Legal advice should be sought on how to structure the purchase in the mentioned ways.

     

    9. Legal fees
    Many property purchases are handled by lawyers who typically charge on a per-purchase basis. It is common for commercial landlords to receive legal advice when drafting a tenancy agreement.

    While a property purchase is usually charged on a per-project basis, it is a good to ask your lawyer for a quotation before commencing to ensure his or her fees are within your budget.

    Ms Yeo advises that tenancy agreements are usually billed on a time-cost basis, but many investors prefer to proceed on a fix-cost basis instead.
    ""If investors are uneasy about paying time-costs, lawyers can provide an estimation of their costs depending on the facts, such as whether there is an opposing counsel to negotiate with and the amount of rent being dealt with.""

    Investors who are concerned about this should not forget to raise this issue with their lawyers before commencing the matter.

     

    10. Agent fees
    Landlords who engage an agent to help them to buy, sell and/or rent out commercial property are liable to pay a fee. While fees can vary, agents usually charge 1 percent to 2 percent of the selling price for sales and 0.5 to 2 months’ worth of rent for tenancies, depending on the amount of rent and the duration of the tenancy agreement.

    It is common practice to pass agents’ fees on to the tenant in the tenancy agreement.

    Finally, never pick an agent indiscriminately and be prepared to interview several agents before finding one you are happy to work with in the long-term. Investors should be looking out for agents who are responsive and knowledgeable about the commercial and industrial property industry.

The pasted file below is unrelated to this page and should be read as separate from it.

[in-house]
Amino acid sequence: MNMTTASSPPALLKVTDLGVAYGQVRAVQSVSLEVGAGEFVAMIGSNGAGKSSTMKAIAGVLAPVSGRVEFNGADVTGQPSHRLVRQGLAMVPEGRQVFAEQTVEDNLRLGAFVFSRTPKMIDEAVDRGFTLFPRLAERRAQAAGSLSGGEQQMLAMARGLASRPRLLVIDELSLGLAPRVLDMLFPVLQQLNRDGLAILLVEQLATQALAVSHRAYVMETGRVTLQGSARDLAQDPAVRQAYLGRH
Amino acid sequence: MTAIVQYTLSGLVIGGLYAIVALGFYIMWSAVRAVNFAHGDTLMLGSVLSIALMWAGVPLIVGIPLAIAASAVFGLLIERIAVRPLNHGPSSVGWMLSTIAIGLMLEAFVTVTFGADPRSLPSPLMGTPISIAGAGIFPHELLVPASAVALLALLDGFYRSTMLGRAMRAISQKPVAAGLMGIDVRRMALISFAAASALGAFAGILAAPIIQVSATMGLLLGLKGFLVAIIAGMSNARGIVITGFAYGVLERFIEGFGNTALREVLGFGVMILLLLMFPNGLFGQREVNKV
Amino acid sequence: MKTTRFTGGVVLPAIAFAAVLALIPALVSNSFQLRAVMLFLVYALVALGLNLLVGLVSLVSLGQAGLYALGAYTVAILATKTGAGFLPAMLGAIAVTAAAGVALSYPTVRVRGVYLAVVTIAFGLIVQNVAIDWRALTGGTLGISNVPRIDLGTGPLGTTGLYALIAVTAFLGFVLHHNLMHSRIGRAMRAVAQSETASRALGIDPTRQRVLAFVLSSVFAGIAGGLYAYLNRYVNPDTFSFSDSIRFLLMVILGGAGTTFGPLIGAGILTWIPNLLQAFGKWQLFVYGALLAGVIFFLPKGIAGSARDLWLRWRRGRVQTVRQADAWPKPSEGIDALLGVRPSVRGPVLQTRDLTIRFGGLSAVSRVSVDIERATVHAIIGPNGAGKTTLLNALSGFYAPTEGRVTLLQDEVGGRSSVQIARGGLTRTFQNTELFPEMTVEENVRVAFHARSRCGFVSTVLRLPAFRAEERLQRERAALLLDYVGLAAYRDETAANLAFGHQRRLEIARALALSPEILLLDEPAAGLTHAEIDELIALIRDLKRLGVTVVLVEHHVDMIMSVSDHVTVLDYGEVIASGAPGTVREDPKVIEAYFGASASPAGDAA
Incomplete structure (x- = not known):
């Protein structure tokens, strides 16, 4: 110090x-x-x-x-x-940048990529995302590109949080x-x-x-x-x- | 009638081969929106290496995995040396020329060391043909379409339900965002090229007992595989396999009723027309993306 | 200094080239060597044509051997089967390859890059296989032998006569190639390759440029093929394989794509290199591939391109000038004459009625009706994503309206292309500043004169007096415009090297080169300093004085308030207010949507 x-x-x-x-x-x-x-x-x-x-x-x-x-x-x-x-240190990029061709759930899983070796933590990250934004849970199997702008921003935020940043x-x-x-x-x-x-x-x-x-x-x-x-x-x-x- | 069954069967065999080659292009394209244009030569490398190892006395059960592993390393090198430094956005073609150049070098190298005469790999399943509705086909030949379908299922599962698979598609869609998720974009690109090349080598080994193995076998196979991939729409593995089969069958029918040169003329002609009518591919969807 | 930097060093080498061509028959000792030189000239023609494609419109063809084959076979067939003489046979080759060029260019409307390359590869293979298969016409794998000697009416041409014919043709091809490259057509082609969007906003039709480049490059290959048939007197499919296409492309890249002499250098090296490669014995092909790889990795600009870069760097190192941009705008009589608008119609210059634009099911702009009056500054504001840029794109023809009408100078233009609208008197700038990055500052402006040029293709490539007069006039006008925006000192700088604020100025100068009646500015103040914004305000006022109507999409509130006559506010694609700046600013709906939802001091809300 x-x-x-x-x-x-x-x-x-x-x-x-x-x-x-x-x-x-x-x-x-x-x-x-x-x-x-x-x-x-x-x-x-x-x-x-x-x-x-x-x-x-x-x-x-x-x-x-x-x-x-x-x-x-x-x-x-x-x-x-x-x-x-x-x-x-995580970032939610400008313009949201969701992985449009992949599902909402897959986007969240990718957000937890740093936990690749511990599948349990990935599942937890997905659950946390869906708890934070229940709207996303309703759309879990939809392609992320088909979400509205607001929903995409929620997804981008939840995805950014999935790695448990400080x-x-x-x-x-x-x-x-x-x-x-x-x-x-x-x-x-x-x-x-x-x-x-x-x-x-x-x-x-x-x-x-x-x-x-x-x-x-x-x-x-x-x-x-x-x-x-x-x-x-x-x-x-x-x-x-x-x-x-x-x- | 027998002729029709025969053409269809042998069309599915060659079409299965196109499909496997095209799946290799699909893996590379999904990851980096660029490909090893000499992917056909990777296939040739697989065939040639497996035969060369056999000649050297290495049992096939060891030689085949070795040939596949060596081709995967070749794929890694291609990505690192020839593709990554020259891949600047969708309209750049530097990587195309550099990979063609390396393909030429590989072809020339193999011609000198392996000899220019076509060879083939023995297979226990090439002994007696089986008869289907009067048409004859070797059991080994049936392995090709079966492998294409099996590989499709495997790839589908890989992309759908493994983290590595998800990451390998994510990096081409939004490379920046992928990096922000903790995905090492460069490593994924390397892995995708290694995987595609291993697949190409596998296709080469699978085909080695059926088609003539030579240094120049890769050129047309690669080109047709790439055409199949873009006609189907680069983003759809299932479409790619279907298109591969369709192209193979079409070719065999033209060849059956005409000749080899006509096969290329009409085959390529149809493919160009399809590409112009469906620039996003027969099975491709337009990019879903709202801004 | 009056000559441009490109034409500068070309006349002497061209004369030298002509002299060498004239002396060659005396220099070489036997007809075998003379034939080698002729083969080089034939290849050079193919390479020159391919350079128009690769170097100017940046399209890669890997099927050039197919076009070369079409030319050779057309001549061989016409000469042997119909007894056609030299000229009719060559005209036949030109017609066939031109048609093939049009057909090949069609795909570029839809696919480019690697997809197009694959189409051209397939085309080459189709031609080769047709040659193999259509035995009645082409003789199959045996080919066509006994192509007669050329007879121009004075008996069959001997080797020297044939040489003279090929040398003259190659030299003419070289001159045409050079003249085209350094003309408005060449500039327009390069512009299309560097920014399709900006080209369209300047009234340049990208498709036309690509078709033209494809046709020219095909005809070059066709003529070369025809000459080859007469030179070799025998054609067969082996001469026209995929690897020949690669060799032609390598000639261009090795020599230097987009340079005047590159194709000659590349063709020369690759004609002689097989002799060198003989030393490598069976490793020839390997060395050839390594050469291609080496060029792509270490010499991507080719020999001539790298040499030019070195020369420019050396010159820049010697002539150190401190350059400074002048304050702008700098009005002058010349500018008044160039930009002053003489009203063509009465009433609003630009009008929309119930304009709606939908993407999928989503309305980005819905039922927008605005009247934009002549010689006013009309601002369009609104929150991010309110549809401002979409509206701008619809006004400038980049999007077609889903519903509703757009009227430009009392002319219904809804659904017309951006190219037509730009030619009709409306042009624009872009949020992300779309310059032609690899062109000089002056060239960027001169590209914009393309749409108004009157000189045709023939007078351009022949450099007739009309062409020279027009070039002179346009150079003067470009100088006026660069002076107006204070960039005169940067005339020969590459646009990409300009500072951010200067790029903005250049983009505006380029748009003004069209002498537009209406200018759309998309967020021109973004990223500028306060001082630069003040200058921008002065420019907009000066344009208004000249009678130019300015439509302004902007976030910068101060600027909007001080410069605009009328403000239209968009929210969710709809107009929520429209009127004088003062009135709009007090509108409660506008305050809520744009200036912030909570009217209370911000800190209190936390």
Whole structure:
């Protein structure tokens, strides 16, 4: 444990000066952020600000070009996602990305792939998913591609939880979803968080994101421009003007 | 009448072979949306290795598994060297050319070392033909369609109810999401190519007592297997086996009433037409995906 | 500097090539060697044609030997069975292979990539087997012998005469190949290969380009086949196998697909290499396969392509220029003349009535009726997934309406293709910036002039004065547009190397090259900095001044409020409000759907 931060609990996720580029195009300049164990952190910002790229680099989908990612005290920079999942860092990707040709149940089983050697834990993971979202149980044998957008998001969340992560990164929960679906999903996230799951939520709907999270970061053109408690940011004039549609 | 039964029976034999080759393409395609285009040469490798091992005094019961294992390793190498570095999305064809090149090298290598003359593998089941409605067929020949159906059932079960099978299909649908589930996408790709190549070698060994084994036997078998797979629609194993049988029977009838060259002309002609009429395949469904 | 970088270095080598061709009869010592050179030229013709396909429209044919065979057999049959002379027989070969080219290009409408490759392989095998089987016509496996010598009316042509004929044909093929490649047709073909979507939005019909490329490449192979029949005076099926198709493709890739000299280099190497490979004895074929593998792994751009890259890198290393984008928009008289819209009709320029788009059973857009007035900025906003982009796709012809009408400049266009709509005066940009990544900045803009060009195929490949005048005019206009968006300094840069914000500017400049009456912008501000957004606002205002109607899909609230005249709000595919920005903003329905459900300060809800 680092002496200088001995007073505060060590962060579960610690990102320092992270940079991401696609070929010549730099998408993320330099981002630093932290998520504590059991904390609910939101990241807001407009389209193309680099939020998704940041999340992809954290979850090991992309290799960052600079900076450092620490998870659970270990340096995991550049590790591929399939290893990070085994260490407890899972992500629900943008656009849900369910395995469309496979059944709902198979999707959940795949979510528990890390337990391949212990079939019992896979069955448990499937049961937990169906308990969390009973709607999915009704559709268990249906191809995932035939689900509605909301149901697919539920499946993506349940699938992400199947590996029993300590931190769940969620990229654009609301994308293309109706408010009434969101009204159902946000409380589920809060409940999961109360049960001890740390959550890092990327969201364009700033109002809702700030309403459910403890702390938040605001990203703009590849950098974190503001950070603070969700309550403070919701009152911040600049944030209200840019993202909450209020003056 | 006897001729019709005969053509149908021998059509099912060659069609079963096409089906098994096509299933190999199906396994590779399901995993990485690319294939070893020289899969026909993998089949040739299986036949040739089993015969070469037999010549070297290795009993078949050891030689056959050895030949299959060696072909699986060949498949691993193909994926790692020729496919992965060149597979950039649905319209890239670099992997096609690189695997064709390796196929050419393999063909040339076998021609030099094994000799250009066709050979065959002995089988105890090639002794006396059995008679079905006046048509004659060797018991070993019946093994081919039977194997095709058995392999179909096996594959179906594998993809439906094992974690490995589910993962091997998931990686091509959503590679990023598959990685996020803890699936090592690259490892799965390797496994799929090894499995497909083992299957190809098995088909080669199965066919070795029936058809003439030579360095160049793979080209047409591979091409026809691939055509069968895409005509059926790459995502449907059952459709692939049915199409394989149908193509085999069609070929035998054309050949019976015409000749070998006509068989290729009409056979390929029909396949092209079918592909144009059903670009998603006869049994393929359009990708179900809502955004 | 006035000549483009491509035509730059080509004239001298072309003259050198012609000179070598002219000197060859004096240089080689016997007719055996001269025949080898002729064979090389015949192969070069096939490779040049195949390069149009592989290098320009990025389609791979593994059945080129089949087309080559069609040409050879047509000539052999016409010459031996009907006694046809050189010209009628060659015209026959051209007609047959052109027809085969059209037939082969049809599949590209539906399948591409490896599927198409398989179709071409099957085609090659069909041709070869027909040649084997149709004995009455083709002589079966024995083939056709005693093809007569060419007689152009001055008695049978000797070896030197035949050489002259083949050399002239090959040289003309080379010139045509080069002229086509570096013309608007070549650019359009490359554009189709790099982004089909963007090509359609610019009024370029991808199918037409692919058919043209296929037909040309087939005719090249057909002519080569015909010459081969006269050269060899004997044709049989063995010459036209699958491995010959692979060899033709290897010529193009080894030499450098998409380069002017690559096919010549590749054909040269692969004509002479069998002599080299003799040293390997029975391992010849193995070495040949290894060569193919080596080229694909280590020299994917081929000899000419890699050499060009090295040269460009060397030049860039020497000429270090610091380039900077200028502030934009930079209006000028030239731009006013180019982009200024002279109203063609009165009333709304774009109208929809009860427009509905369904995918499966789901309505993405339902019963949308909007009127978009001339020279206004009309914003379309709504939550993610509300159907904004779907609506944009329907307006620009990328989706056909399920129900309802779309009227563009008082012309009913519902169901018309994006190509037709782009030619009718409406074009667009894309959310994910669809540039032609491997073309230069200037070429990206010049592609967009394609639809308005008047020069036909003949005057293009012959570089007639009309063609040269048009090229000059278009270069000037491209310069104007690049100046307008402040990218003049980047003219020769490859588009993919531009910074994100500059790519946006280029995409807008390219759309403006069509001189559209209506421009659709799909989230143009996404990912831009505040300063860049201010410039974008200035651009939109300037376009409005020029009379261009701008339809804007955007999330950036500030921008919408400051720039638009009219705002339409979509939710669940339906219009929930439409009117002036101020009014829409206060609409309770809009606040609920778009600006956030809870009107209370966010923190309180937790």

This article was first published in the print version of PropertyGuru News & Views.

     

    Disclaimer:

    The views and opinions expressed in the article are those of the author’s and do not necessarily represent the position taken by PropertyGuru, UOB, and their employees.

    Information provided in this publication is general in nature and does not constitute professional financial advice. PropertyGuru will endeavour to update its publication and website as needed. However, information can change without notice, and we do not guarantee the accuracy of information in the publication or on the website, including information provided by third parties, at any particular time.

    Whilst every effort has been made to ensure that the information provided is accurate, individuals must not rely on this information to make a financial or investment decision. Before making any decision, we recommend you consult a financial planner or your bank to take into account your particular financial situation and individual needs. PropertyGuru does not give any warranty as to the accuracy, reliability or completeness of information which is contained in this publication or on its website. Except insofar as any liability under statute cannot be excluded, PropertyGuru and its employees do not accept any liability for any error or omission in this publication or on its website or for any resulting loss or damage suffered by the recipient or any other person.